fighting spam and scams on the Internet
"419" Scam – Advance Fee / Fake Lottery Scam
The so-called "419" scam is a type of fraud dominated by criminals from Nigeria and other countries in Africa. Victims of the scam are promised a large amount of money, such as a lottery prize, inheritance, money sitting in some bank account, etc.
Victims never receive this non-existent fortune but are tricked into sending their money to the criminals, who remain anonymous. They hide their real identity and location by using fake names and fake postal addresses as well as communicating via anonymous free email accounts and mobile phones.
Keep in mind that scammers DO NOT use their real names when defrauding people.
The criminals either abuse names of real people or companies or invent names or addresses.
Any real people or companies mentioned below have NO CONNECTION to the scammers!
Read more about such scams here or in our 419 FAQ. Use the Scam-O-Matic to verify suspect emails.
Click here to report a problem with this page.
Some comments by the Scam-O-Matic about the following email:
- An email address listed inside this email has been used in a known fraud before.
- This email uses a separate reply address that is different from the sender address. Spammers use this to get replies even when the original spam sending accounts have been shut down. Also, sometimes the sender addresses are legitimate looking but fake and only the reply address is actually an email account controlled by the scammers.
- The following phrases in this message should put you on alert:
- "hundred thousand united states dollars" (they want you to be blinded by the prospect of quick money, but the only money that ever changes hands in 419 scams is from you to the criminals)
- "fund beneficiary" (they want you to be blinded by the prospect of quick money, but the only money that ever changes hands in 419 scams is from you to the criminals)
- "await your urgent response" (scammers rush victims so they don't have time to think properly)
- "foreign remittance department" (Banks mentioned in 419 scams are always fake (real banks don't communicate using mobile phones or free webmail addresses))
- This email message is a 419 scam. Please see our 419 FAQ for more details on such scams.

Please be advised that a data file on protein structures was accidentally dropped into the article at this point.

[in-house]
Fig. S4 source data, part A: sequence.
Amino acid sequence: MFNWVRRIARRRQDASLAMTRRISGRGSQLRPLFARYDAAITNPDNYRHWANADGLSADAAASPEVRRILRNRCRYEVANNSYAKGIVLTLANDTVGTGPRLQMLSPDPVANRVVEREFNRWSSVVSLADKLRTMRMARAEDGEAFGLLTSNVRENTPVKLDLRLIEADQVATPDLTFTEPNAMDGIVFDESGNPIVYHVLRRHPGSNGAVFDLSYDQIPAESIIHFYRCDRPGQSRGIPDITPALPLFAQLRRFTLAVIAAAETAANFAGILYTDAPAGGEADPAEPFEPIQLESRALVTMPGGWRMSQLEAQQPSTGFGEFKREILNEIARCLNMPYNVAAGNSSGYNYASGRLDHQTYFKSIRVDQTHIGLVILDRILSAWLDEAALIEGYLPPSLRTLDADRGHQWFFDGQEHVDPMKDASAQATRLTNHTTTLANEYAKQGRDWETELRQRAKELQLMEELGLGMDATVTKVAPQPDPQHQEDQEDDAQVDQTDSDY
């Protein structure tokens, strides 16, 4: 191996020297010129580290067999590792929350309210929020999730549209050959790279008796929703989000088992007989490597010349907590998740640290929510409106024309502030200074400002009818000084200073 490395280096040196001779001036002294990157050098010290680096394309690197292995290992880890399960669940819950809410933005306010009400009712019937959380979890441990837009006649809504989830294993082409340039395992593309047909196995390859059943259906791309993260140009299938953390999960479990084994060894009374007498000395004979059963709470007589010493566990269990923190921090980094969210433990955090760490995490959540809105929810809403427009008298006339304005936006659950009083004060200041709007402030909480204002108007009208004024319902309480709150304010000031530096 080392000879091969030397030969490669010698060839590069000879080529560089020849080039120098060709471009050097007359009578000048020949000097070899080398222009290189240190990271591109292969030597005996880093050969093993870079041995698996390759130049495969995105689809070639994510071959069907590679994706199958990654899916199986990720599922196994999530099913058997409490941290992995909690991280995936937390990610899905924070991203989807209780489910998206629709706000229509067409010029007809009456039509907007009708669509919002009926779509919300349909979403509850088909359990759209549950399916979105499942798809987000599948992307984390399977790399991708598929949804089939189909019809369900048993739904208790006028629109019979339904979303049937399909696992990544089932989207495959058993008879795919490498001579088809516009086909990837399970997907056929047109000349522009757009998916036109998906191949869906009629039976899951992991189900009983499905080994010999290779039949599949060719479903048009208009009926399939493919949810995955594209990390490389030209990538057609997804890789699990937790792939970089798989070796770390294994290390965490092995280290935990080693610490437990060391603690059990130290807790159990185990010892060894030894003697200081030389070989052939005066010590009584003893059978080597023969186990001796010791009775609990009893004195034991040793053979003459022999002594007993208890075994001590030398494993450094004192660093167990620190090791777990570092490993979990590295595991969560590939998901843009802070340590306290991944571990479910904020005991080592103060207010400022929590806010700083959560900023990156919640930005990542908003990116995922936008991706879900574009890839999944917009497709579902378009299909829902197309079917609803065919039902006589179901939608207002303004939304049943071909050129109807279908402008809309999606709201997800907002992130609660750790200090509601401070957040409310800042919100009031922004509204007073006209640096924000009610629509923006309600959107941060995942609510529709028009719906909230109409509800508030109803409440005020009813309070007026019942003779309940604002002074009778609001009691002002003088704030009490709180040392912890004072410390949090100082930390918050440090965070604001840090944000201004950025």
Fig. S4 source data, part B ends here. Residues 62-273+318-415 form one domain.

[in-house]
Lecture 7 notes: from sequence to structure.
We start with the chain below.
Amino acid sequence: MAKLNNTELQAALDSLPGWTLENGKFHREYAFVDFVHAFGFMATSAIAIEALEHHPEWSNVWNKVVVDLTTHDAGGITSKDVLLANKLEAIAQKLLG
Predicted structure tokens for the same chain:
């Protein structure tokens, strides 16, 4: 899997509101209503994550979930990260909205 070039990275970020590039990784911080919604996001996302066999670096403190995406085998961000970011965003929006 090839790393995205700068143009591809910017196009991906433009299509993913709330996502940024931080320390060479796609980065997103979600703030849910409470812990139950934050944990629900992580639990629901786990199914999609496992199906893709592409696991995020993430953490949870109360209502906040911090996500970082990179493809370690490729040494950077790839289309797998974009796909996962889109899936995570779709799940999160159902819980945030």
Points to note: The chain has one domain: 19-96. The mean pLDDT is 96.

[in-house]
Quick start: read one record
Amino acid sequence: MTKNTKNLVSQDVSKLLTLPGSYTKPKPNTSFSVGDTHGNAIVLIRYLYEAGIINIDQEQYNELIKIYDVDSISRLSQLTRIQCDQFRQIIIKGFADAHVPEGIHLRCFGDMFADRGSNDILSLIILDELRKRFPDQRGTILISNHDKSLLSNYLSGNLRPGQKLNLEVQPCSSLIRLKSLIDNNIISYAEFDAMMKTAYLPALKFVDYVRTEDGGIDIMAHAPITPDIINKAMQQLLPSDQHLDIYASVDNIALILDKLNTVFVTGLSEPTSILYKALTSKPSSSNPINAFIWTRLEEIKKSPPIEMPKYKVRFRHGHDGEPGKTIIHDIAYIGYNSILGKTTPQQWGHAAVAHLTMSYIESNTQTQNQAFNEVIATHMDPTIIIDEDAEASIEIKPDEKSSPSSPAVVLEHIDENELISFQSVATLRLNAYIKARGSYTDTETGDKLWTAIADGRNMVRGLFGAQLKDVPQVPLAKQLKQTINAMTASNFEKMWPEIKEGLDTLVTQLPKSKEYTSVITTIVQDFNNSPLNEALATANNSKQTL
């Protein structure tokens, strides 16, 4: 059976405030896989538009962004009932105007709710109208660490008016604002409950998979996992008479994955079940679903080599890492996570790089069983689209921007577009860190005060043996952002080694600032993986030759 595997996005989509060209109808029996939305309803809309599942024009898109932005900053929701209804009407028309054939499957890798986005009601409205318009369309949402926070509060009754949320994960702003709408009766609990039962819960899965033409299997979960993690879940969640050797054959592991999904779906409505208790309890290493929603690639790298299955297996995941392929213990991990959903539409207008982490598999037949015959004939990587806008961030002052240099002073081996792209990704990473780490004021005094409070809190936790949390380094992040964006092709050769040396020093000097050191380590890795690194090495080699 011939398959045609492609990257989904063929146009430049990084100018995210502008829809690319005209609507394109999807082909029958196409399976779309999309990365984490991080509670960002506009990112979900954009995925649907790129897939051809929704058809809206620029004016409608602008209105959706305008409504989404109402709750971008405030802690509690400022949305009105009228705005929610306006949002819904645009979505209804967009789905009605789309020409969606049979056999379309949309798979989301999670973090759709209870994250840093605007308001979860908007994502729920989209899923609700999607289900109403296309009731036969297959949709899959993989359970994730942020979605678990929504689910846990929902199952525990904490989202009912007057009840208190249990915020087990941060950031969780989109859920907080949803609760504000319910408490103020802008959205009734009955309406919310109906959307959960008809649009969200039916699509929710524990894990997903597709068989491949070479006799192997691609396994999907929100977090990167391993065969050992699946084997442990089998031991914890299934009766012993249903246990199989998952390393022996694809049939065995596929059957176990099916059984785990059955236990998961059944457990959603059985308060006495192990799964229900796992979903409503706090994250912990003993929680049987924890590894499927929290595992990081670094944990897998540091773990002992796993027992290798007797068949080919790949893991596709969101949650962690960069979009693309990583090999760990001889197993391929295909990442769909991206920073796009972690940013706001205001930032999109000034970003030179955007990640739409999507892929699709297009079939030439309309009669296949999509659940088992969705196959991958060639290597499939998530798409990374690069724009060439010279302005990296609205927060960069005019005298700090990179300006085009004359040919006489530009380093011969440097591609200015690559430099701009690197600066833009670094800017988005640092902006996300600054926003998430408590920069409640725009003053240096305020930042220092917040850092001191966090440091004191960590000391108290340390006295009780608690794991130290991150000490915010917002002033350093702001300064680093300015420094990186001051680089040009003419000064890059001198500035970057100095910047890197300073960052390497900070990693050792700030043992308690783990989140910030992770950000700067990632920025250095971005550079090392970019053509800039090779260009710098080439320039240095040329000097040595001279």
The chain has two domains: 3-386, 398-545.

- This email lists free webmail addresses. Use of such addresses is typical for scams. Lotteries, banks and any but the smallest of companies do not normally use such addresses. Criminals use them to anonymously send and receive email at Internet cafes.
- firstname.lastname@example.org (email address has been used in a known fraud before)
Fraud email example:
From: "Ms. Zoe Lau" (may be fake)
Date: Tue, 4 Jun 2019 11:19:16 -0000
Subject: Attn:Fund Beneficiary:Payment Code:R578906K
Attn:Fund Beneficiary:Payment Code:R578906K
We are writing to know if it's true that you are DEAD? because we received a notification from one (MR. GERSHON SHAPIRO) of USA stating that you are DEAD and that you have giving him the right to claim your OUTSTANDING FUND (US$10.500,000,00) Ten Million Five Hundred Thousand United States Dollars only. He stated you died in a CAR accident. He has been calling us regarding this issue, but we cannot proceed with him until we confirm this by not hearing from you after 7 days.
Be advised that we have made all arrangements for you to receive and confirm your funds without anymore stress, and without any further delays. All we need to confirm now is your being DEAD Or still alive, because this MAN'S message brought shock to our minds. And we just can't proceed with him until we confirm if this is a reality OR not, But if it happened we did not hear from you after 7 days, then we say:
MAY YOUR SOUL REST IN PERFECT PEACE" YOUR JOY AND SUCCESS REMAINS OUR GOAL.
We await your urgent response.
Ms. Zoe Lau.
Foreign Remittance Department
Telex Transfer Section,
China CITIC Bank International Limited.